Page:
Nearly 500,000 homes should be built in the West Midlands over the next two decades despite local councils’ fears over the sacrifice of greenbelt land, a leading Midland housing expert said last night.
Mike Brown, chief executive at Bromsgrove and District Housing Trust, said that despite the stalling effect of the credit crunch on the housing market, affordable housing would be snapped up at the first indication of the end of the recession.
At the moment, a family with two children face a 17-year-wait to get such a property in Bromsgrove.
In Birmingham, the 33,000-name backlog is estimated to take 65 years to clear if current trends continue.
A row between the West Midlands Regional Assembly and central government is currently brewing over the number of houses which should be built within the region over the next 17 years.
An independent report by Nathaniel Lichfield and Partners, ordered by the Government Office for the West Midlands, claimed that there was sufficient land in the region for 445,000 homes to be built. But the West Midlands Regional Assembly submitted plans to the government for no more than 365,000 homes to be built before 2026.
Now, Mr Brown says it is time to realise that the housing-market crisis that developed over the past decade will not go away until the right number of affordable homes are built to meet the need of local communities and wider society.
Mr Brown, who has been short-listed for the Inside Housing magazine Chief Executive of the Year award, said: “Just because there is a recession does not mean the underlying problems of the housing market have gone away.
“This won’t make me universally popular, but we really need to see the number of houses being built in the West Midlands heading towards the Nathaniel Lichfield figure.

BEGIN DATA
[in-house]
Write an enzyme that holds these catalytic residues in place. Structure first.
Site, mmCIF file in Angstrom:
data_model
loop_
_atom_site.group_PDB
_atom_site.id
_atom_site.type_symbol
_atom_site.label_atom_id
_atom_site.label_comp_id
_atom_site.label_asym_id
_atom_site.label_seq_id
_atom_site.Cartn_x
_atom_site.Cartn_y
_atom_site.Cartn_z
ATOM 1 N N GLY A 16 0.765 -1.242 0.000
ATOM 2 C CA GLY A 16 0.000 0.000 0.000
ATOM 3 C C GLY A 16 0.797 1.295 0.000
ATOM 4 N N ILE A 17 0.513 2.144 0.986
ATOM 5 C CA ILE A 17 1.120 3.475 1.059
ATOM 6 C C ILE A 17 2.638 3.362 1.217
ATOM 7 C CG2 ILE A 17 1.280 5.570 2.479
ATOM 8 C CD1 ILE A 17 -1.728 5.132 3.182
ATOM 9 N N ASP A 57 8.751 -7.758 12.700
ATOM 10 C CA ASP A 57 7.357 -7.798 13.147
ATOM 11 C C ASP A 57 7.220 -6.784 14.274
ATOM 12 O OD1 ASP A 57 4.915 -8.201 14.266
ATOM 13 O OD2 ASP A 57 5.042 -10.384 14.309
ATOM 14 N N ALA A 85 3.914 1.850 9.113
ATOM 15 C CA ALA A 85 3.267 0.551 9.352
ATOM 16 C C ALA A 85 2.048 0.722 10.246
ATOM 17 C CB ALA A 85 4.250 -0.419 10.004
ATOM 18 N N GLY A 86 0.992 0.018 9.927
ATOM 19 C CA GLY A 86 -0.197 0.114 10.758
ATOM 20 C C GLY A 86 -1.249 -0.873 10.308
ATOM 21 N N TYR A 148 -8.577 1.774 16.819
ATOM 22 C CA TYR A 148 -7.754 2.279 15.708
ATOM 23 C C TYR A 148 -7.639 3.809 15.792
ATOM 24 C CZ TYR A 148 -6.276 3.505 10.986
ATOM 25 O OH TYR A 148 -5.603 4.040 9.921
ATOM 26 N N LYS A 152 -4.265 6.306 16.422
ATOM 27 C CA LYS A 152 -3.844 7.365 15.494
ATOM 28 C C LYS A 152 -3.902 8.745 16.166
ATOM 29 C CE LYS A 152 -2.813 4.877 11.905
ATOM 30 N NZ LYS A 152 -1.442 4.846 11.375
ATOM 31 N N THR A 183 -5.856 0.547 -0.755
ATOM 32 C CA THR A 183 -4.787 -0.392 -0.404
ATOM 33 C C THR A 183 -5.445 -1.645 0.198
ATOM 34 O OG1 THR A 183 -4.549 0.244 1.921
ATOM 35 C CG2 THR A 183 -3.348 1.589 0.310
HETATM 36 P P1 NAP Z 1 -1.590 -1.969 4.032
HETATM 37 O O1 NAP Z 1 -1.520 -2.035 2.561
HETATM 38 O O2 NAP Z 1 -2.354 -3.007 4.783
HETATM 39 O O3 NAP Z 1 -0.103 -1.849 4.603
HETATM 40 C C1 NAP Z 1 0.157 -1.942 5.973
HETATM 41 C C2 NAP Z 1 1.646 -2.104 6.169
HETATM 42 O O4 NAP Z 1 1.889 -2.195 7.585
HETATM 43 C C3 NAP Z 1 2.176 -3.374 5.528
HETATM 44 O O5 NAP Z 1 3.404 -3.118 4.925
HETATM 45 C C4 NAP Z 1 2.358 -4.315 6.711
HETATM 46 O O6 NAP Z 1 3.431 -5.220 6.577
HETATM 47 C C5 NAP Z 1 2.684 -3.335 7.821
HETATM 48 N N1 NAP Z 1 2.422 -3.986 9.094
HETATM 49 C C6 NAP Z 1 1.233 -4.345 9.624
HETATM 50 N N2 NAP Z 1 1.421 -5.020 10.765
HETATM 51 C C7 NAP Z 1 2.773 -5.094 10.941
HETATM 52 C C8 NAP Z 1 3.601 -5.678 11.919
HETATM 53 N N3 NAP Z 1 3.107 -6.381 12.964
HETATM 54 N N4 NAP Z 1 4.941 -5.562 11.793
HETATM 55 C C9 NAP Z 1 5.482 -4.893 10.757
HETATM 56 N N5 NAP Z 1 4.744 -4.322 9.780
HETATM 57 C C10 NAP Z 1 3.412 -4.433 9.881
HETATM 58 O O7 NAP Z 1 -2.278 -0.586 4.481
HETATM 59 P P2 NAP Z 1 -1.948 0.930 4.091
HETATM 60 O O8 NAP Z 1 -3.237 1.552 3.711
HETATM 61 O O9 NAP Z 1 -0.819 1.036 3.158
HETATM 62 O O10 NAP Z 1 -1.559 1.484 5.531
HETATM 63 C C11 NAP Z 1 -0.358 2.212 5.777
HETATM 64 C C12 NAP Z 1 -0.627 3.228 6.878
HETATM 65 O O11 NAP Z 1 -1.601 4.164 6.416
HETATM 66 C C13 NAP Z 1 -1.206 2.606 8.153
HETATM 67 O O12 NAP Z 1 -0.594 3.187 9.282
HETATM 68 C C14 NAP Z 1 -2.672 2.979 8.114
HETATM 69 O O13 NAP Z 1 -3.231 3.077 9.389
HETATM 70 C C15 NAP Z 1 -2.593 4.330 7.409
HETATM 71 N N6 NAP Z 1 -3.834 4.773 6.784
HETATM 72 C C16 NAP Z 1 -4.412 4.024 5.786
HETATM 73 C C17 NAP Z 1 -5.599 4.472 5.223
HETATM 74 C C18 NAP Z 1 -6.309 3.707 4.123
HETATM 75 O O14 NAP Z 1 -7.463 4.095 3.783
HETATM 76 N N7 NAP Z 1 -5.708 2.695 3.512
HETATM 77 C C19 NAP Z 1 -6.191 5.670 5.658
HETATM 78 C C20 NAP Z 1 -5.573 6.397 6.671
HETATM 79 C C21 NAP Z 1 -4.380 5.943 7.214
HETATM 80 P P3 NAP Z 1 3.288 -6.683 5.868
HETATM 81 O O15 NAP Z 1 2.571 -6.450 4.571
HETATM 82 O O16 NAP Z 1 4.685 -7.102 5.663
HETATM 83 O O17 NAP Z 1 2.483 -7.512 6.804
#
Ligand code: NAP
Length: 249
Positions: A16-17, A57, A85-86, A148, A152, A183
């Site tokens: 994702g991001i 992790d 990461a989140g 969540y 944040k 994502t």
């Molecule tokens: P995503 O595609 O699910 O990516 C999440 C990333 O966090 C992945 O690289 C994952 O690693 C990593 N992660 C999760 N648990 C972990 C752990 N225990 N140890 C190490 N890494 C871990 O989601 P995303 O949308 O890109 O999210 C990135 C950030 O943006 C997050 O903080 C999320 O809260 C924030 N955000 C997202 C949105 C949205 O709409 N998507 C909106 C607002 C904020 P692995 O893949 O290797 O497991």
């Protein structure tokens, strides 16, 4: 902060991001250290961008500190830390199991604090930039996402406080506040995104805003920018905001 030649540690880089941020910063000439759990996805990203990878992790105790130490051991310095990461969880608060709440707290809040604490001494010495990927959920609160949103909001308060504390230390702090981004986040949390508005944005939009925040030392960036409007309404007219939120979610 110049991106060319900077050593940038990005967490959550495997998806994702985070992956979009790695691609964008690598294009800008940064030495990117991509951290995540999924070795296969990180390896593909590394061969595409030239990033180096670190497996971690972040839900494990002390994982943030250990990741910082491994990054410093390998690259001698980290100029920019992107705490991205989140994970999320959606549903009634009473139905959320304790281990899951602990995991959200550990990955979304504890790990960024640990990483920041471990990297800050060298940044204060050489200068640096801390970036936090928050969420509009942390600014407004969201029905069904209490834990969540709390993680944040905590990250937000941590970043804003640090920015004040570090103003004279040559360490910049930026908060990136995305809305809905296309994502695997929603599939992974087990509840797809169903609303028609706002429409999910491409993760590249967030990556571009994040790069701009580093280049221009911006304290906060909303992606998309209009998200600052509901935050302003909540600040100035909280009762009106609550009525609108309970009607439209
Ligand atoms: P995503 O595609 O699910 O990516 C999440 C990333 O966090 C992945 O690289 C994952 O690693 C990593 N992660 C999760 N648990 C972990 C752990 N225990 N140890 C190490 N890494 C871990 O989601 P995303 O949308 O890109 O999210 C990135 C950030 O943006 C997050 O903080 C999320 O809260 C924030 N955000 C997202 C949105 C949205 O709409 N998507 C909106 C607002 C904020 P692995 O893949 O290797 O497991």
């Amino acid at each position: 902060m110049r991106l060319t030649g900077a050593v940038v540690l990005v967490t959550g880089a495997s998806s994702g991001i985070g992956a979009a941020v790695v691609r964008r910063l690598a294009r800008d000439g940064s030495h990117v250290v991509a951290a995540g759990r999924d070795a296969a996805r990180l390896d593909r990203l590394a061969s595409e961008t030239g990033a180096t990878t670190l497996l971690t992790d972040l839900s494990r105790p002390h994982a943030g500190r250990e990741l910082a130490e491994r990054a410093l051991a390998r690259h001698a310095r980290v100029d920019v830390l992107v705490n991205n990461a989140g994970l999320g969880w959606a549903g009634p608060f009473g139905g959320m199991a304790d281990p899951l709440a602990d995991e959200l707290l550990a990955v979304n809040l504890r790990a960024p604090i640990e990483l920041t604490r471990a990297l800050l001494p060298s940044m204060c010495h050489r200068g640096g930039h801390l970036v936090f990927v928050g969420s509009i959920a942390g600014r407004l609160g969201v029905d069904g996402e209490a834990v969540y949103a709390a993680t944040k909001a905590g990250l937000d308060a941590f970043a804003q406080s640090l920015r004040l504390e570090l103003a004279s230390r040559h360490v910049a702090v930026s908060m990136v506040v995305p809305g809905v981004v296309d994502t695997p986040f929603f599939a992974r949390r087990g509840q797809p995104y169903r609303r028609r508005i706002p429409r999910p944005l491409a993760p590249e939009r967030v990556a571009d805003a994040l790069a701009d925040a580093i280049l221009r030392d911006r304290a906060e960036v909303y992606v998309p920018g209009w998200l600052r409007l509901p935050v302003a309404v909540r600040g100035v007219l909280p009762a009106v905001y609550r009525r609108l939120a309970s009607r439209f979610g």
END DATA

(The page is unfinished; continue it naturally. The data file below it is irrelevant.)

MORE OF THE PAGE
“I understand that local councils are worried about the infrastructure coping but our first concern should be fulfilling the housing needs of the wider community and society.
“I can guarantee that as soon as we start to come out of the recession, the houses we are building will be snapped up. There is little risk that these new houses will remain empty.”
Bromsgrove and District Housing Trust are currently focusing on increasingly the supply of affordable housing for people getting onto the ladder for the first time.
They are also hoping to expand their stock of two-bedroomed “aspirational” homes for older people who are looking to downsize.
The aim is to free up large homes owned by couples whose children have grown up and moved out of the family home. But planned developments on land such as Perryfields Road, where 150 social houses could be built, are seen to be eating away at the edges of the greenbelt.
David Smith, chairman of the West Midlands Regional Assembly, said: “Firstly, greenbelt land should be a resource of last demand. Secondly, the Nathaniel Lichfield report is absolute rubbish.
“You can’t just do a review, see the number is a bit too low and then add on a bit more. Our research, from 38 local councils, comes up with a number of homes that needs to be built that is right now.
“Trying to predict what we will need in 20 years’ time is nonsense.
“We need to take a sequential view of things and have reviews every five years.”